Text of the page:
Jul 11, 2012

Twitter is humanity, warts and all. Where’s the story in that?

Mocking the weak and stupid is universal human behaviour. So why is it global news when a young woman is ridiculed for asking an ill-informed question on Twitter?

Stilgherrian — Technology writer and broadcaster


Technology writer and broadcaster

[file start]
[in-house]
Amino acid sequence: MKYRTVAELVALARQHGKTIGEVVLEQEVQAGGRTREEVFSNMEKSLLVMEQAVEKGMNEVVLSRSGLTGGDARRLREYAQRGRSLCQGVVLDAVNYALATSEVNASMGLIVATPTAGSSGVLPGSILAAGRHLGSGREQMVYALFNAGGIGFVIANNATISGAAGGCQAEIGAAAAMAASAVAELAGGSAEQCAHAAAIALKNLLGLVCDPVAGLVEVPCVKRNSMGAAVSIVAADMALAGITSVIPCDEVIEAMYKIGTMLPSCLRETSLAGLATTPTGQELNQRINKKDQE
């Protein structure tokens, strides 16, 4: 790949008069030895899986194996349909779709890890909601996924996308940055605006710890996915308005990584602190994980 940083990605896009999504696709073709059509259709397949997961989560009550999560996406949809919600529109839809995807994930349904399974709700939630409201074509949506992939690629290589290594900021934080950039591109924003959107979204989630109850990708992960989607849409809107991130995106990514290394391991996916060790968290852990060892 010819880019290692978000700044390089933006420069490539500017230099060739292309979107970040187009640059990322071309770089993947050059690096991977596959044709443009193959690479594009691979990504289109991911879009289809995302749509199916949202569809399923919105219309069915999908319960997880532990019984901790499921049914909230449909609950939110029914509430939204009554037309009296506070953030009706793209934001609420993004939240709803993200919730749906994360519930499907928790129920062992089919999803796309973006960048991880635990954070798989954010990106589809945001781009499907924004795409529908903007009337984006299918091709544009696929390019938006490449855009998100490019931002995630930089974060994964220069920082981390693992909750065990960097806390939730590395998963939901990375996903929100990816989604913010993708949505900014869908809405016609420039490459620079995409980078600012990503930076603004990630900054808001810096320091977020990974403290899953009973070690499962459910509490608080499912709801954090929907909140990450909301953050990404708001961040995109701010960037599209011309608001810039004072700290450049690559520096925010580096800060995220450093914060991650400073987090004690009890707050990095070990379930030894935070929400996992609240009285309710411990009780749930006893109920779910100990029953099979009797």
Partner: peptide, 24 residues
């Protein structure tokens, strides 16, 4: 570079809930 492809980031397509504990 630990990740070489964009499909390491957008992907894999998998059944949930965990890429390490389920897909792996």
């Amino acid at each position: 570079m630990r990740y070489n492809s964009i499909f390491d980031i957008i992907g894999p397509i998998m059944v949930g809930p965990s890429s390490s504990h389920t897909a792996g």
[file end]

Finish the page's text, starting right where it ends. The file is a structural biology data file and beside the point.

Mocking the weak and stupid is universal human behaviour. So why is it global news when a young woman is ridiculed for asking an ill-informed question on Twitter? "Is Wimbledon always held in London?" asked a 21-year-old Tyneside resident and Sunderland FC fan during the finals. She thought Wimbledon might have been the name of an itinerant sporting event, perhaps like the Olympic Games. Her tweet was retweeted more than 7000 times, she copped abuse aplenty -- and then deleted her Twitter account in shame. That's sad, given it's a fair question. None of us know every detail of sports we don't follow. Wimbledon was actually in Surrey, not London, until the boundaries were changed in 1965. And how many Londoners could name all the suburbs of, say, Newcastle? It's sadder, for humanity as a whole, that this event immediately became global news. And sadder still that pretty much every single news story blammed the medium of Twitter, or the internet in general, rather the people involved. "The internet can be a cruel place," began The Daily Mail. The Huffington Post referred to "the nasty side of social networking", News Track India to "the notorious Twitter mob", and Australia's Fairfax mastheads to "the dark side of the internet". I won't name the woman here. She's suffered enough. But everyone else seems to have named her, even her local paper. But with 2.5 billion of us using the internet today, including the vast majority of Westerners, the internet and social networks are no longer separate, special places populated by separate, special people. It's just us. Humanity, in its glorious ugly warts-and-all beauty, doing what it does. Do news outlets refer to events happening because of "the dark side of the bus"? No. Well some do. And then we laugh at them. If news outlets are writing about perfectly ordinary human behaviour as if it's news, just because it's happening online, then all they're demonstrating is that they're well behind the pace of most of us, not ahead. That is, they're failing. Fairfax sprinted even further into the derp zone by categorising the story under "technology". Why? Because Twitter happens via computers and smartphones? Like, um, the entire rest of human intercourse in the 21st century? I look forward to Fairfax reporting the next domestic murder via the real estate pages because it happened in a house. The one vaguely technological angle to this story is that people's behaviour online, in computer-mediated communications, tends to be more extreme compared with how they might interact face to face. Online, you can't see the subtle cues -- facial gesture, body language, "um" and "err" vocalisations -- that indicate what you're saying is upsetting the other person or even making them angry. When chatting in a group situation like Twitter, you don't see the similar clues from your friends that tell you, "mate, you're going to far". Then there's the stupid people with poorly-developed theory of mind who can't connect the words they're seeing on screen with a real living, breathing human being who might be reacting emotionally. You can always spot their people in an online argument. They're the ones who justify their behaviour with "it's not real, it's only the internet" -- as if your mother is suddenly not your mother when you phone her rather than joining her for Sunday lunch. But all that was documented by MIT sociologist and psychologist Sherry Turkle in her book Life on the Screen. In 1995. Eighteen years ago. So that's not really news either. Final bonus points to The Sun, though, for referring to the hapless young woman as "a tennis dimwit" and quoting just one unsourced comment on her tweet, "the dumbest thing I've ever heard". As opposed, presumably, to the intellectual achievements of its own audience.